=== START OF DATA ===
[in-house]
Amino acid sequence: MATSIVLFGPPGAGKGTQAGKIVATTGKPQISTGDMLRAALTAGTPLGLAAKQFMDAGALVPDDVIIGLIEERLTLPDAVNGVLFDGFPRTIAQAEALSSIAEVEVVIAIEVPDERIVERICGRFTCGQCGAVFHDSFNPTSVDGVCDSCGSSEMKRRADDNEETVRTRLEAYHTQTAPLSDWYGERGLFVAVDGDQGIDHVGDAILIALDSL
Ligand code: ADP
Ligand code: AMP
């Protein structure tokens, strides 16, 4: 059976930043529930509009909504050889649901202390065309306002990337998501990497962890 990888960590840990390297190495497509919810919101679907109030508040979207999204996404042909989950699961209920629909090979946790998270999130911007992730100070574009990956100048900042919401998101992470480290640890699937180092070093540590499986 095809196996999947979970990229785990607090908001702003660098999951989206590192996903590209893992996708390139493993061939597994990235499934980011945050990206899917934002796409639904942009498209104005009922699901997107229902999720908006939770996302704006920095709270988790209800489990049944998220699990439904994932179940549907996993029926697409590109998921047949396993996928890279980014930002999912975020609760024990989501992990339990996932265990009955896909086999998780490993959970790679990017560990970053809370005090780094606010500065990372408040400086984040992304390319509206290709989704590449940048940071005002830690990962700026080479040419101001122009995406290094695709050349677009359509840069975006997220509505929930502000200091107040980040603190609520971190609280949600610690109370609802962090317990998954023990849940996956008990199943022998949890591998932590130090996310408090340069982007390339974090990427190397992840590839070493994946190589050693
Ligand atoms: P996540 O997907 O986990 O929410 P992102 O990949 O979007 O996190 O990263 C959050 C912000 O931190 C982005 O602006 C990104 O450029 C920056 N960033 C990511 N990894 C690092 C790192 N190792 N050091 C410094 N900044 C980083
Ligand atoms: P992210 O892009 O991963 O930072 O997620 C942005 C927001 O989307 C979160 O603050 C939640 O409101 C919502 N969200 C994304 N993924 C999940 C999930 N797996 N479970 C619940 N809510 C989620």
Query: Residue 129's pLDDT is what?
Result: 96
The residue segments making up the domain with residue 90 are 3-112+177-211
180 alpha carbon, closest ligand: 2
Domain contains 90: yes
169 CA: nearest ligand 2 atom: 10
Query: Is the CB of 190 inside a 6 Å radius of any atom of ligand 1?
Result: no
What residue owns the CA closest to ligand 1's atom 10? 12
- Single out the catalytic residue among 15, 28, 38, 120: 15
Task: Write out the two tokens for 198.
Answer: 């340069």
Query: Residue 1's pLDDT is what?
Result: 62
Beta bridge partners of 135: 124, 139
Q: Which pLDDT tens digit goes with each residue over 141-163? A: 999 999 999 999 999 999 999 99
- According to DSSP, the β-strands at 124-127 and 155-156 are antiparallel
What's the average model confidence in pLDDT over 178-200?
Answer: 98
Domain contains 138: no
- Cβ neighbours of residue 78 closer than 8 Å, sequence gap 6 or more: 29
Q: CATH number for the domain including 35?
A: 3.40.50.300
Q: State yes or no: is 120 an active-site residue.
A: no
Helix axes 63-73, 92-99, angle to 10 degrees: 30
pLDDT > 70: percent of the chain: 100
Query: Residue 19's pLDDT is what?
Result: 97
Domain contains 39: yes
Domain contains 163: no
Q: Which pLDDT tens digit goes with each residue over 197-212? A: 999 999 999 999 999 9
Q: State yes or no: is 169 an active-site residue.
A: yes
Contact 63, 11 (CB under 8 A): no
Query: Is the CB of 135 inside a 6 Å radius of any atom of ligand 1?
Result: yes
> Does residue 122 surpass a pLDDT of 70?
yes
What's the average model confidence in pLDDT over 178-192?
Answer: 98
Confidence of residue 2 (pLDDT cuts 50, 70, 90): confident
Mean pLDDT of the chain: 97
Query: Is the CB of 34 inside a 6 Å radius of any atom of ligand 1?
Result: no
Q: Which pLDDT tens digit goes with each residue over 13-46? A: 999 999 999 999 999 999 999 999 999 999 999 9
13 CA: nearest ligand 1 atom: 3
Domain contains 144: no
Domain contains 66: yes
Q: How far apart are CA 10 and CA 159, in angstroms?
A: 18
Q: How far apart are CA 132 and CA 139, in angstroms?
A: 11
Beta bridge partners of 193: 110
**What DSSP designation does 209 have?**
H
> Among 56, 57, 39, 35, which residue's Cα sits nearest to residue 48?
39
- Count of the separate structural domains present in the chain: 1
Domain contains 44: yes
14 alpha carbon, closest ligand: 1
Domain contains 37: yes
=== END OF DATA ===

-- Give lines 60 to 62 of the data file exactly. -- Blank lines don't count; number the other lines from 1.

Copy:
A: 11
Beta bridge partners of 193: 110
**What DSSP designation does 209 have?**